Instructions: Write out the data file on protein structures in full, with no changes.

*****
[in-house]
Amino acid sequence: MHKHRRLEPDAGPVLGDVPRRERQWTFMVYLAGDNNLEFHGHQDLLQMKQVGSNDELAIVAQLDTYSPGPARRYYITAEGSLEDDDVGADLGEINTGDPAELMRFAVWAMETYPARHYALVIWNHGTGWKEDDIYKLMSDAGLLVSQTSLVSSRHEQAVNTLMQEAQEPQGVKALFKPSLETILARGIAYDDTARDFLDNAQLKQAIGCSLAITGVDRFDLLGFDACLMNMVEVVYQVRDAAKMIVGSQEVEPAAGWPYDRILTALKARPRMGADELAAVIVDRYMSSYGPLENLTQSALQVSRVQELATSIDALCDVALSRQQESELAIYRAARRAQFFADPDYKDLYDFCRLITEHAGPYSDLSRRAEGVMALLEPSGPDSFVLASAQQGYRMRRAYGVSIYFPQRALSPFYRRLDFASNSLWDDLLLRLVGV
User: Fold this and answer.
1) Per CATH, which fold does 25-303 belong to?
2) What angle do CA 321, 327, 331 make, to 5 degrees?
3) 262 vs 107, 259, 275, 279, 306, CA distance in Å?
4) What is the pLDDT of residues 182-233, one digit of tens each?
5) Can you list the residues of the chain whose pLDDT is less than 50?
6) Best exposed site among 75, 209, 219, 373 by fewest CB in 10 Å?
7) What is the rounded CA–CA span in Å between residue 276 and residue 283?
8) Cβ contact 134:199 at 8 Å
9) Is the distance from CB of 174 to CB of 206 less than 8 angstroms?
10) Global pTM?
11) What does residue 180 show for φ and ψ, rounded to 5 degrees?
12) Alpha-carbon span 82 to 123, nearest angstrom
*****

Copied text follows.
[in-house]
Amino acid sequence: MHKHRRLEPDAGPVLGDVPRRERQWTFMVYLAGDNNLEFHGHQDLLQMKQVGSNDELAIVAQLDTYSPGPARRYYITAEGSLEDDDVGADLGEINTGDPAELMRFAVWAMETYPARHYALVIWNHGTGWKEDDIYKLMSDAGLLVSQTSLVSSRHEQAVNTLMQEAQEPQGVKALFKPSLETILARGIAYDDTARDFLDNAQLKQAIGCSLAITGVDRFDLLGFDACLMNMVEVVYQVRDAAKMIVGSQEVEPAAGWPYDRILTALKARPRMGADELAAVIVDRYMSSYGPLENLTQSALQVSRVQELATSIDALCDVALSRQQESELAIYRAARRAQFFADPDYKDLYDFCRLITEHAGPYSDLSRRAEGVMALLEPSGPDSFVLASAQQGYRMRRAYGVSIYFPQRALSPFYRRLDFASNSLWDDLLLRLVGV
User: Fold this and answer.
1) Per CATH, which fold does 25-303 belong to?
2) What angle do CA 321, 327, 331 make, to 5 degrees?
3) 262 vs 107, 259, 275, 279, 306, CA distance in Å?
4) What is the pLDDT of residues 182-233, one digit of tens each?
5) Can you list the residues of the chain whose pLDDT is less than 50?
6) Best exposed site among 75, 209, 219, 373 by fewest CB in 10 Å?
7) What is the rounded CA–CA span in Å between residue 276 and residue 283?
8) Cβ contact 134:199 at 8 Å
9) Is the distance from CB of 174 to CB of 206 less than 8 angstroms?
10) Global pTM?
11) What does residue 180 show for φ and ψ, rounded to 5 degrees?
12) Alpha-carbon span 82 to 123, nearest angstrom